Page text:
Originally published on October 26, 2008
The Phillies got so sick of hearing about their futility with runners in scoring position, they changed the definition of "scoring position."
In rain-delayed Game 3 of the World Series, the little chalk boxes next to home plate were scoring position. Carlos Ruiz, Chase Utley and, at long last, Ryan Howard drove moonshot solo home runs on two different days to build a 4-1 lead.
When the game was on the line, though, the Phillies had to face their inability to deliver a clutch hit with a runner on second and third. Thanks to three small-ball runs by Tampa Bay, the Phillies found themselves all tied up in the bottom of the ninth and, with the clock approaching 2 a.m., facing the situation that has haunted them all series.
Eric Bruntlett, who was hit by a pitch and advanced on a wild pitch and throwing error, stood on third base with nobody out. He was a runner in scoring position for a team that had one hit in 32 at-bats with RISP in this series.
With the bases loaded after two intentional walks, Ruiz tapped the biggest little hit of his life. The man who slammed one out of the park in the second inning, whose throwing error allowed the Rays to tie it up, won the game with a 20-foot single down the third base line.
Phillies 5, Tampa Bay Rays 4 on the scoreboard.
1:47 on the clock. Game 3 didn't want to start and didn't want to end.
The Phillies are two wins from the city's first championship parade in a quarter-century.
They won with a single but were in position to do so because of home runs.
Utley hit one Wednesday in St. Pete.
Ruiz hit one Saturday night in Citizens Bank Park.
Utley and, at long last, Howard hit back-to-back bombs early Sunday morning, giving Jamie Moyer a 3-run lead and give everyone in the Bank a chance to exhale. The sixth-inning homers changed the temperature of what had been a taut pitcher's showdown between 45-year-old Moyer and 24-year-old Matt Garza.
The Rays, who bashed homers all over Fenway Park to eliminate the Boston Red Sox, tied the game up with baserunning smarts and situational hitting to erase that lead. The American League team continued to out-National League-ing the NL team. Of the Rays' last 8 runs, only one was driven in with a base hit.
It is supposed to be the AL that plays for the home run, but the Phillies have been guilty of that in this series so far.
That's fine when Utley and Howard are going back-to-back with shots into the rightfield seats, not so fine when they are striking out back-to-back in the eighth.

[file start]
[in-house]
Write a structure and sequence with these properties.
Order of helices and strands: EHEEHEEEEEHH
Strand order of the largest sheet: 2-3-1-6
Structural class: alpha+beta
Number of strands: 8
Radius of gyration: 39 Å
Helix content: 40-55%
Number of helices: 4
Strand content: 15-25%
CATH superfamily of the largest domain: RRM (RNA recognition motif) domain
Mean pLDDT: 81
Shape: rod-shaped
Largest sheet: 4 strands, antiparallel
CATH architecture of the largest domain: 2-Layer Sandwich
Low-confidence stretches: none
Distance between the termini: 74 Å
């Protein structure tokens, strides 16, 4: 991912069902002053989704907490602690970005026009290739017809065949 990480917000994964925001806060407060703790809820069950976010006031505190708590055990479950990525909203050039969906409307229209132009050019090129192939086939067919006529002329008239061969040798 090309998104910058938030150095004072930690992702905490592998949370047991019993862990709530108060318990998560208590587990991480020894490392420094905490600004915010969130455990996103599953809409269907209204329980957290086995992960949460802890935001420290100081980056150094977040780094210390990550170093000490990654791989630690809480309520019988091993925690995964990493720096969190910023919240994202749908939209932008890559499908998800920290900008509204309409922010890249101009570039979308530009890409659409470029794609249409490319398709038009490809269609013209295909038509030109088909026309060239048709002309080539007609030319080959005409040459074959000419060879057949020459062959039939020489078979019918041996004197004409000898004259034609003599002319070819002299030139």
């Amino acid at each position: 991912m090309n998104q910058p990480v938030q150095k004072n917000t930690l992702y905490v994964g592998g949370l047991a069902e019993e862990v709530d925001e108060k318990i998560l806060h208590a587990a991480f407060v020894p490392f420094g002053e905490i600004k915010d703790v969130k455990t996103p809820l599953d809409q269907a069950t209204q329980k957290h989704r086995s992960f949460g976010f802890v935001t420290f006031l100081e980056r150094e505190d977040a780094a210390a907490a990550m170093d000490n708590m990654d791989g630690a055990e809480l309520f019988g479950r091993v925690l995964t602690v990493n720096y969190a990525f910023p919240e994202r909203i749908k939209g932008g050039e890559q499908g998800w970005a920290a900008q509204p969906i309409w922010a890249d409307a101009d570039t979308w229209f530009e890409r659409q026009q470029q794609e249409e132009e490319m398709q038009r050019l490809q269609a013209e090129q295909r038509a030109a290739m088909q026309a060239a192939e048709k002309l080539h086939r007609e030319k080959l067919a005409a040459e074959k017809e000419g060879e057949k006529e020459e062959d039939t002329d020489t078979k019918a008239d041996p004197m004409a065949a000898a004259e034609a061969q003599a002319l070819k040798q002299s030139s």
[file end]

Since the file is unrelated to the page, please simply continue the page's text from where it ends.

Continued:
There is nothing as thrilling as a home run in the World Series, nothing as boring as a runner advancing 90 feet on a fielder's choice groundout. Both count the same on the scoreboard, though, something the Rays used against the Phillies in Games 2 and 3.
In the first two games of this series, the Phillies managed a split despite getting just one hit, an infield single, with runners in scoring position. They were historically bad -- 1-for-28 overall -- with runners on second or third.
The Phillies were 0-for-3 with runners in scoring position in the first inning. But Jimmy Rollins' leadoff single developed into a small-ball run thanks to a walk of Jayson Werth, a wild pitch by Garza and a groundout by Utley.
They didn't add to their RISP futility for a long stretch because Garza kept them RISP-less.
They added to their run total, though.
It started, improbably, with Ruiz. The catcher had a pair of doubles in Game 2 and was stranded on the basepaths both times. That was considered an exceptional night for the one man who plays every day regardless of his offense. Catcher is that important a position, and Ruiz has been on the receiving end of the Phillies' outstanding postseason pitching.
Ruiz had a game of mood swings. He crushed a pitch into the leftfield seats to give the Phillies a 2-1 run lead in the second. He made a crushing throwing error in the eighth, a ball that bounced away from third baseman Pedro Feliz and allowed B.J. Upton to score the tying run.
Finally, fittingly, Ruiz came to the plate in the situation that had frozen Phillies batters for most of the three games. Bases loaded, nobody out. Finally, fittingly, the No. 8 hitter in the lineup delivered the biggest little hit of the night.
Game 3 turned out to be worth waiting for, and Philadelphia had to wait 15 years plus 91 torrential minutes. As frustrating as the long delay and late start are, they wound up having no impact on the people who matter most -- the players and the fans.
Moyer, Rollins and Ruiz were on top of their game at the start. So was the sellout crowd, which roared with each Rays out and did a masterful job on the unfortunately named rookie Evan Longoria.
The chants of "Eva, Eva" were so loud, you'd have thought every Philadelphian from Wm. Penn on down was in full throat. The Fox cameras even caught Rays manager Joe Maddon (who is, after all, from Hazleton, Pa.) in the dugout, laughing -- until Longoria struck out in his first two at-bats.
Ten, 20, 30 years from now, when Philadelphians look back on the 2008 World Series, this is what they're going to remember: "Eva" and Moyer's performance and Chooch's rocket and back-to-back bombs from Utley and Howard.
And they will remember Bruntlett, the runner in scoring position, sliding safely home with the clock approaching 2 o'clock on Sunday morning.